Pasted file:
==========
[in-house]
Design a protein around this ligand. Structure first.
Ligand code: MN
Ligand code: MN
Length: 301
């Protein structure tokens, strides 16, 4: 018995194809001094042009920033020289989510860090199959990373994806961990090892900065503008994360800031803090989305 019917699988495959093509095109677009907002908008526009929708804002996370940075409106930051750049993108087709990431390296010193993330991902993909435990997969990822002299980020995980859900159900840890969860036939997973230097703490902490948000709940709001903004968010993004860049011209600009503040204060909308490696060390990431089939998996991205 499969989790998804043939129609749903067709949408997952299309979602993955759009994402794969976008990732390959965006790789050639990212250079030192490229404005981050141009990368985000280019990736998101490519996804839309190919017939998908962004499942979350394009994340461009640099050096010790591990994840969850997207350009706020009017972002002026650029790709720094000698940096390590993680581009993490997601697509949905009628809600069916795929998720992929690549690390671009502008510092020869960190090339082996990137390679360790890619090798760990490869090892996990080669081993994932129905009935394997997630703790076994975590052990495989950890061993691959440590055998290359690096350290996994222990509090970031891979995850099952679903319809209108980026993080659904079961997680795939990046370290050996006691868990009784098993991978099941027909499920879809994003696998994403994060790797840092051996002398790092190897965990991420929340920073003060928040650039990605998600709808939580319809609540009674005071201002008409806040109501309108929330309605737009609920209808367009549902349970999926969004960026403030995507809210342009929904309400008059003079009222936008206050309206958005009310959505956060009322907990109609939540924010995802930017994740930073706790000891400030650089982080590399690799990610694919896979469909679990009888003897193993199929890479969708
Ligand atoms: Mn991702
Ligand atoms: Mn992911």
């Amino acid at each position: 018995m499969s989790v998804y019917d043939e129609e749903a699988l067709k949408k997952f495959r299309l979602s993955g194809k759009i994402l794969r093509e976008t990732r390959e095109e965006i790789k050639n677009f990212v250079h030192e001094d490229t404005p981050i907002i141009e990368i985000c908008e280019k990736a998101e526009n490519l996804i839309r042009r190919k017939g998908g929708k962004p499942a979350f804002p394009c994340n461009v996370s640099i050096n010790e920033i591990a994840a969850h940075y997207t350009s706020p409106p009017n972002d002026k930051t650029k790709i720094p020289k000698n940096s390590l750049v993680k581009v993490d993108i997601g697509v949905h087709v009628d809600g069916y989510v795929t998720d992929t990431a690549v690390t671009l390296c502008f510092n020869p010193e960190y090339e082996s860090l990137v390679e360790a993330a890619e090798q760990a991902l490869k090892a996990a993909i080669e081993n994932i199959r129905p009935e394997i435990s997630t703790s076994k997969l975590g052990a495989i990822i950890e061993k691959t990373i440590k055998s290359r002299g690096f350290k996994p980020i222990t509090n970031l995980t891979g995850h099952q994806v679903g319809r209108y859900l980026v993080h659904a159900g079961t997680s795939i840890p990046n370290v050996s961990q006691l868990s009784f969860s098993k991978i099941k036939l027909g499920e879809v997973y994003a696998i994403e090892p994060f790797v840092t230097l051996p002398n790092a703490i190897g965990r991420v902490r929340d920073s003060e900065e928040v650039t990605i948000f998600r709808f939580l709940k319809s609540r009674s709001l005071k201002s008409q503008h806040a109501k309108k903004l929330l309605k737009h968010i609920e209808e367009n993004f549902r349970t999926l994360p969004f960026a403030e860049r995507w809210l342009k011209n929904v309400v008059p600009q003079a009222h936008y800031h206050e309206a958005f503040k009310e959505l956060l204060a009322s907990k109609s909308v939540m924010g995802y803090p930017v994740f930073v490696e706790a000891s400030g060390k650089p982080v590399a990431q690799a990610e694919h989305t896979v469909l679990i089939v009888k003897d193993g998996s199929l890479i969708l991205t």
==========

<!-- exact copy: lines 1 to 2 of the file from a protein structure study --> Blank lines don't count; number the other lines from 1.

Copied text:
[in-house]
Design a protein around this ligand. Structure first.